don't compare to those you'll get with a point-and shoot with the same resolution. As you step up from smartphones to point-and-shoots to DSLRs, sensor size increases significantly, even though megapixel ratings may very well remain stagnant. It's these larger sensors than can capture images with much greater detail, especially in low light.
This new category of digicam typically uses a smaller sensor -- including Micro Four Thirds, in the case of Olympus and Panasonic offerings, or 1/2.3-inch, as you'll find in the Pentax Q
. But Sony's NEX series packs an APS-C sensor -- the largest of the bunch, and the same size found on many full-size DSLRs -- enabling superior low light performance and higher-quality image capture. Camera lens size is also directly related to sensor size, which is why -- despite its incredibly compact body -- the NEX-C3's lenses are massive compared to those designed for the Pentax Q, which, while also an ILC, uses a sensor far smaller than the Sony cam.
More experienced photographers tend to shoot in manual mode whenever possible, giving them full control over aperture and shutter speed. The C3 has that capability (more on that in a bit), but it also performs quite well when you let the camera handle all the calculations, if that's what you prefer to do. Like its predecessor, both cameras offer the usual aperture and shutter priority modes, in addition to a Program Auto mode, which lets you dictate other settings as the camera selects aperture and shutter speed. There's also Intelligent Auto, which automatically chooses the best settings based on a variety of characteristics in your scene.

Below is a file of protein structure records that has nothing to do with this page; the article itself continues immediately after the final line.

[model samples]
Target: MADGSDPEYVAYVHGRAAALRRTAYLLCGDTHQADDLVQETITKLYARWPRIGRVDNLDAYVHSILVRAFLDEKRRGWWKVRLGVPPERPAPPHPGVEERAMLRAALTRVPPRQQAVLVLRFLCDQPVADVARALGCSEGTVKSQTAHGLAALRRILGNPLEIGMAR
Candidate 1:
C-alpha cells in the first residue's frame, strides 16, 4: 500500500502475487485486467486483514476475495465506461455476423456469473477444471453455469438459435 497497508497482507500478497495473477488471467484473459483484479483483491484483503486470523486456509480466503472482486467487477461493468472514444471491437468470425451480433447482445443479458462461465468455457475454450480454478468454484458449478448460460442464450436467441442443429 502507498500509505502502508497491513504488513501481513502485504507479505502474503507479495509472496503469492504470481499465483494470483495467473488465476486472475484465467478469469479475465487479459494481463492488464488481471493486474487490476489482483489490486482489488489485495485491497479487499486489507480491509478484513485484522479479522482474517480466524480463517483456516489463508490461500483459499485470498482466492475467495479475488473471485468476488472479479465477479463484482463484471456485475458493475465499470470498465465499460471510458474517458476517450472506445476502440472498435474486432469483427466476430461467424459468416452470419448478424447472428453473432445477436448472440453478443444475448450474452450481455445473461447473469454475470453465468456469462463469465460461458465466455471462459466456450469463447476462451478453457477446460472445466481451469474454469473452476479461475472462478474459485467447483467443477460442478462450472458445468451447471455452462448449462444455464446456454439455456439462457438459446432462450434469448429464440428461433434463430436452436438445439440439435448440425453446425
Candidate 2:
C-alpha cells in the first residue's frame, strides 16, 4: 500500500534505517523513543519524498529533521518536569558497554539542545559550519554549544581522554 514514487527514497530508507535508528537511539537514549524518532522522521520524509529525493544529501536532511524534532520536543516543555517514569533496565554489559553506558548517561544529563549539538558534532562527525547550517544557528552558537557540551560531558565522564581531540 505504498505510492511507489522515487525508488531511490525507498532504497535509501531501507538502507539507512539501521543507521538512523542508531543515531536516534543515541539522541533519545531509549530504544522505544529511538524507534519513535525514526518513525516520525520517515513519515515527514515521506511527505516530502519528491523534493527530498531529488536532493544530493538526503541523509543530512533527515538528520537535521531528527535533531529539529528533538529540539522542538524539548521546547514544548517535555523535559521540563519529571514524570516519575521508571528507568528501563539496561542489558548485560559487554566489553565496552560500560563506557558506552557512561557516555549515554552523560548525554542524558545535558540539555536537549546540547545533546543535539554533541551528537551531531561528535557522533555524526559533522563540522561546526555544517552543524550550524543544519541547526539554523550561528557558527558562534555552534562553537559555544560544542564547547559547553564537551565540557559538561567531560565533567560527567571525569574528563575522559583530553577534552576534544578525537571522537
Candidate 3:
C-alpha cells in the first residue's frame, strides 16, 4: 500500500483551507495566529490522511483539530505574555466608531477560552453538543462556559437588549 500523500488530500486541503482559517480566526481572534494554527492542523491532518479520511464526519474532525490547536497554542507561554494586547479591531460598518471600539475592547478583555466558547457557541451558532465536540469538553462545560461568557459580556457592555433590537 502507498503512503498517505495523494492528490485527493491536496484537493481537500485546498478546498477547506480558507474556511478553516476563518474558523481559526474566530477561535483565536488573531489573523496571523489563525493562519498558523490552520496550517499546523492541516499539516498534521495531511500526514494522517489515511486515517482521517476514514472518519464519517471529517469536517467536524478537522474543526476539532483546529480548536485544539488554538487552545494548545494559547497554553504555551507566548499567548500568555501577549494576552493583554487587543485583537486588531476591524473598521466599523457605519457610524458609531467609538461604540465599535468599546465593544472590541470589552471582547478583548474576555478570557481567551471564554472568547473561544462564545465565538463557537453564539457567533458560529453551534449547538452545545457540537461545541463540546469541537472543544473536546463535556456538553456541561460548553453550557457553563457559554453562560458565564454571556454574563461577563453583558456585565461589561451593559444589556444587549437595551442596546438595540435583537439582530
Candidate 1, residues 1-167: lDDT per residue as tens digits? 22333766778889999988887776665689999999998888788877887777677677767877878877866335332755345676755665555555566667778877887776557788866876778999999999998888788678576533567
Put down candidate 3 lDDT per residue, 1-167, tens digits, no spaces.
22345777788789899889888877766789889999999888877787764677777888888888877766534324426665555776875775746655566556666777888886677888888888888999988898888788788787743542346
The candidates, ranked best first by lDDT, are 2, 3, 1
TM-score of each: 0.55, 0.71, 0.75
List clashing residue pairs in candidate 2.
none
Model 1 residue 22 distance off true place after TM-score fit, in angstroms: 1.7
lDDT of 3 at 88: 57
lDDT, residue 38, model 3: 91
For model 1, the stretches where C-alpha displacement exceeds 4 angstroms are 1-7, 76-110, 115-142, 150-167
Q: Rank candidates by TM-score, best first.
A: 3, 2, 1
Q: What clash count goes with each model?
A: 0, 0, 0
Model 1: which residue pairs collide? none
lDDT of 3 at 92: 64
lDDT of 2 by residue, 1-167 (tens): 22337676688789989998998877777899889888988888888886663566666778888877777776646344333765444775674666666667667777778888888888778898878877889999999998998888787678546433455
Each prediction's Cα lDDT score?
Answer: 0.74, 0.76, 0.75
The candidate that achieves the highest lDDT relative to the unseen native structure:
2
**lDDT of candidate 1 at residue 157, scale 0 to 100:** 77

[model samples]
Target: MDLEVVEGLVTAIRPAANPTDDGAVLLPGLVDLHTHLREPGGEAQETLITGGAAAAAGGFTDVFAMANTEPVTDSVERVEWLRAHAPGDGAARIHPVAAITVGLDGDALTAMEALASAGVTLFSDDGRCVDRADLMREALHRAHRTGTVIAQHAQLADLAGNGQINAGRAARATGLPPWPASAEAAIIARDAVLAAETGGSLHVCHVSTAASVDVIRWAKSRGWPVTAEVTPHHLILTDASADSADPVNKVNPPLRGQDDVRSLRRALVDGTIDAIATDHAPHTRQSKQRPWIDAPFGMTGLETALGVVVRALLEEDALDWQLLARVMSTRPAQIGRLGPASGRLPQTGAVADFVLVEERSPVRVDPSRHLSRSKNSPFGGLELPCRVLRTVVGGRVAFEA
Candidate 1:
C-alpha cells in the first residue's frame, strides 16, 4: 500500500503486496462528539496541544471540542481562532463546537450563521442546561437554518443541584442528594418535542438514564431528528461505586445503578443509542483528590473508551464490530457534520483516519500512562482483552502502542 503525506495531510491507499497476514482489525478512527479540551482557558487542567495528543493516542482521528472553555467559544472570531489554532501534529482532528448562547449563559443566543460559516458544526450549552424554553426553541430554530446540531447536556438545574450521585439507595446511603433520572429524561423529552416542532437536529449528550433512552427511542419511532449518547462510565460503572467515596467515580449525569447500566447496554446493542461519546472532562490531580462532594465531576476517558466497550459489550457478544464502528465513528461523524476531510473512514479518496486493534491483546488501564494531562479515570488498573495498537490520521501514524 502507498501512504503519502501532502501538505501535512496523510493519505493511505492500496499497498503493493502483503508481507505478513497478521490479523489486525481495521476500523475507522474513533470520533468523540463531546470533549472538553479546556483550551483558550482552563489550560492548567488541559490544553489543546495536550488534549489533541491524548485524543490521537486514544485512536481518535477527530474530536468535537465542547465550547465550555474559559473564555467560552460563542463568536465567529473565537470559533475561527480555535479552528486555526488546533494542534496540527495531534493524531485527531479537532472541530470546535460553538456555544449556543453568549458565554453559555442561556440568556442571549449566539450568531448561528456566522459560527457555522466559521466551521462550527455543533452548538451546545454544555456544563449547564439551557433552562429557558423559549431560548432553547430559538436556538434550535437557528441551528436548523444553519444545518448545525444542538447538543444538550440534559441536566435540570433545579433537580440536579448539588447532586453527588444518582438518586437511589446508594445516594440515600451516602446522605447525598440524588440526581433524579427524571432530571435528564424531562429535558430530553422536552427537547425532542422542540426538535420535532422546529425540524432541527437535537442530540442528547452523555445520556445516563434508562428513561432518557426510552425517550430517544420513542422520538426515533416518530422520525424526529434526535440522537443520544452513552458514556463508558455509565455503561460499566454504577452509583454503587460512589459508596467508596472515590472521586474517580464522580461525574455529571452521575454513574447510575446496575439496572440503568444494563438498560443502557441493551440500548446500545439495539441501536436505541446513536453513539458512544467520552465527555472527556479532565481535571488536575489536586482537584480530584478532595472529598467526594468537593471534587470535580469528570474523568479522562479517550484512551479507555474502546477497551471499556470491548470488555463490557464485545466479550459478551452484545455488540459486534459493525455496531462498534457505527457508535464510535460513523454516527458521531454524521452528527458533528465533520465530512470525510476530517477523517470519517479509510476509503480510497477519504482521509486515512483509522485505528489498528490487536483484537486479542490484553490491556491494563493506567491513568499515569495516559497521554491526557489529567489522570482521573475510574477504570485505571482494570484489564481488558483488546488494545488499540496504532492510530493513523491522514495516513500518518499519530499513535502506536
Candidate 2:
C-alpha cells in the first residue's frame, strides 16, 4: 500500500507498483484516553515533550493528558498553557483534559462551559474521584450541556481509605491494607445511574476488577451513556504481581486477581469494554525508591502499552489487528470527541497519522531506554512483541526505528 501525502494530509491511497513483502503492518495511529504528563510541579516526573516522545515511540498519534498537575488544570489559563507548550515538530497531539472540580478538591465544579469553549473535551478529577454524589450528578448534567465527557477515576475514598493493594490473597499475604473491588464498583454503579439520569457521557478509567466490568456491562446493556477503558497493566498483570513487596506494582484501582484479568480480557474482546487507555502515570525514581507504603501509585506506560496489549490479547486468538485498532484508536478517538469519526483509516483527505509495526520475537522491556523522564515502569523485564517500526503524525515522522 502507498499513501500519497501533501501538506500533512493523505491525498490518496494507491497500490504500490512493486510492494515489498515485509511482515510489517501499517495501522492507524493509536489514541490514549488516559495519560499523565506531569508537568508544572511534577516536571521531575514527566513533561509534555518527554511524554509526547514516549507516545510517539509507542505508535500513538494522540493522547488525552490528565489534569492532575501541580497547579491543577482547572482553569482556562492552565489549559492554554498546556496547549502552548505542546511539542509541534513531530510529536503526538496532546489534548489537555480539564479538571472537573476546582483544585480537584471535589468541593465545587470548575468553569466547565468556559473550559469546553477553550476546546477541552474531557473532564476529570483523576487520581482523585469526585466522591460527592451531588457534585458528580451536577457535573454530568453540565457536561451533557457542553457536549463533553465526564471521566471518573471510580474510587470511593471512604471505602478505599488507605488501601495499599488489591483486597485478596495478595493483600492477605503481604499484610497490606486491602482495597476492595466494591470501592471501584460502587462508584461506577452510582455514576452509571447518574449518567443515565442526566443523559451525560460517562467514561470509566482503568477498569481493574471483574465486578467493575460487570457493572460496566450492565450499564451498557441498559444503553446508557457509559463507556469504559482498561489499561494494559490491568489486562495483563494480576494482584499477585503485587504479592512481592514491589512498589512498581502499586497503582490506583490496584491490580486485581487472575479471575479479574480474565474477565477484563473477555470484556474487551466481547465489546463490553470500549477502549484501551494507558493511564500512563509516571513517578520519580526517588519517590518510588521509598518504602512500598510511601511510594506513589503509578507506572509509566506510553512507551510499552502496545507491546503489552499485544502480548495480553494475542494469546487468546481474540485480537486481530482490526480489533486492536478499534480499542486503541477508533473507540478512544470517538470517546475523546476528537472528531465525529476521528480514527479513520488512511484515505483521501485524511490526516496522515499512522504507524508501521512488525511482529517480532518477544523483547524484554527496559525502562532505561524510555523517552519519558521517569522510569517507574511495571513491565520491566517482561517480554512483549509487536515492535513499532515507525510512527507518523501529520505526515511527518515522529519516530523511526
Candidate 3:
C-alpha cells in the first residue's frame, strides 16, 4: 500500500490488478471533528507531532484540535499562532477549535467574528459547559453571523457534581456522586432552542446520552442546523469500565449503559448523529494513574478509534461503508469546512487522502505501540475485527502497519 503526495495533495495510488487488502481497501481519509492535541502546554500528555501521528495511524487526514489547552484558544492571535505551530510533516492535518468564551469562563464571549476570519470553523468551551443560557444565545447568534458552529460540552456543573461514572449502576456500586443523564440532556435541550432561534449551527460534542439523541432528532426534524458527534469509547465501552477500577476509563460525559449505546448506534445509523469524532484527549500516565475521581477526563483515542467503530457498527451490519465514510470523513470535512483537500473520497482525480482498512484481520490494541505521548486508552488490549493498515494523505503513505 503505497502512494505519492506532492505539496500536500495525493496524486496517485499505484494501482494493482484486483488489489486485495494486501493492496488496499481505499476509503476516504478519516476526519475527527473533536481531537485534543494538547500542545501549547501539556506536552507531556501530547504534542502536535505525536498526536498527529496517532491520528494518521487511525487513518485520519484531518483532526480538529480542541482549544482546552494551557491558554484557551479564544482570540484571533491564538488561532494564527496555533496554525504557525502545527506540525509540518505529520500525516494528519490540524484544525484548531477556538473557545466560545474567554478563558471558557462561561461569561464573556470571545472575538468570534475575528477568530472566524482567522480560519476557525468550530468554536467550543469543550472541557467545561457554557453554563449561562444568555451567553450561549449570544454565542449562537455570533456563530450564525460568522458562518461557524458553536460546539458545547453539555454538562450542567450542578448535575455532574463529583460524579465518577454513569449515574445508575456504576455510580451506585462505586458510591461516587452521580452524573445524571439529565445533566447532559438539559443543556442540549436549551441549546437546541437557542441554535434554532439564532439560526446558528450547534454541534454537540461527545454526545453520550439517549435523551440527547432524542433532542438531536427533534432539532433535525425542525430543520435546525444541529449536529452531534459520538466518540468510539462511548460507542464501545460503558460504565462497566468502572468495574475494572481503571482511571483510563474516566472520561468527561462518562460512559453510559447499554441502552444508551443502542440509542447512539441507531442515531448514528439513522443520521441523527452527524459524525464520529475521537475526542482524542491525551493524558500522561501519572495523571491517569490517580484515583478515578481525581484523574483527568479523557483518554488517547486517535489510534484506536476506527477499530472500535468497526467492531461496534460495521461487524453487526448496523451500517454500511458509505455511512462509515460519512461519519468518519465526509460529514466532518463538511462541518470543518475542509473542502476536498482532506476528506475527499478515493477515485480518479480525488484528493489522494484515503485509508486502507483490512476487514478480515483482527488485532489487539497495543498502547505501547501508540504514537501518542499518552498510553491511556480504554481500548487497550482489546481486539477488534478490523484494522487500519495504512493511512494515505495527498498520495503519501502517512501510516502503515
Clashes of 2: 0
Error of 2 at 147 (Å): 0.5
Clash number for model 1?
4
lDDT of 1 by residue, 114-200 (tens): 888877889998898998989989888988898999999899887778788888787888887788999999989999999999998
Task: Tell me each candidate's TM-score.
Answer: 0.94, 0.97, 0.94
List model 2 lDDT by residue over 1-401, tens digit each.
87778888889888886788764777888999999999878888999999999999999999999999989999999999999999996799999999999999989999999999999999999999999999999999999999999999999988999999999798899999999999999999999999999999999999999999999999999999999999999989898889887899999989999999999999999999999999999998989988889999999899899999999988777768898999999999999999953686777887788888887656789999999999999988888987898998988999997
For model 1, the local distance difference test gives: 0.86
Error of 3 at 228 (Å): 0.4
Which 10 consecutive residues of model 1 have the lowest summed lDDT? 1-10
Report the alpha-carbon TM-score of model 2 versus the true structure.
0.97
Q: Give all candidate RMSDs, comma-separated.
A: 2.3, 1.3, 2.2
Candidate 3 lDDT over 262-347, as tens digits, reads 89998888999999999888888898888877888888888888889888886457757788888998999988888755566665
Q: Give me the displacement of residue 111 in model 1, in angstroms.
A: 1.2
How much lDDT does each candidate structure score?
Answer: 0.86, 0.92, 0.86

During our weeks of testing, we shot in nearly every condition imaginable, capturing photos in bright daylight during a hike, mixed indoor lighting at trade shows and in an office setting, high-speed at a Broadway show, and even 15-second exposures under the stars, lighting our subjects with smartphones as you'll see in the sample images gallery. Even in low light, the majority of our shots came out sharp and bright, even when captured at ISO 3200. Despite the zoom lens's maximum aperture limitation, which doesn't allow it to capture as much light as high-end DSLR optics, we never needed to use the flash. Having the flexibility to bump up the ISO all the way to 12,800, along with built-in optical image stabilization, helps to make up for the lens's mediocre maximum aperture.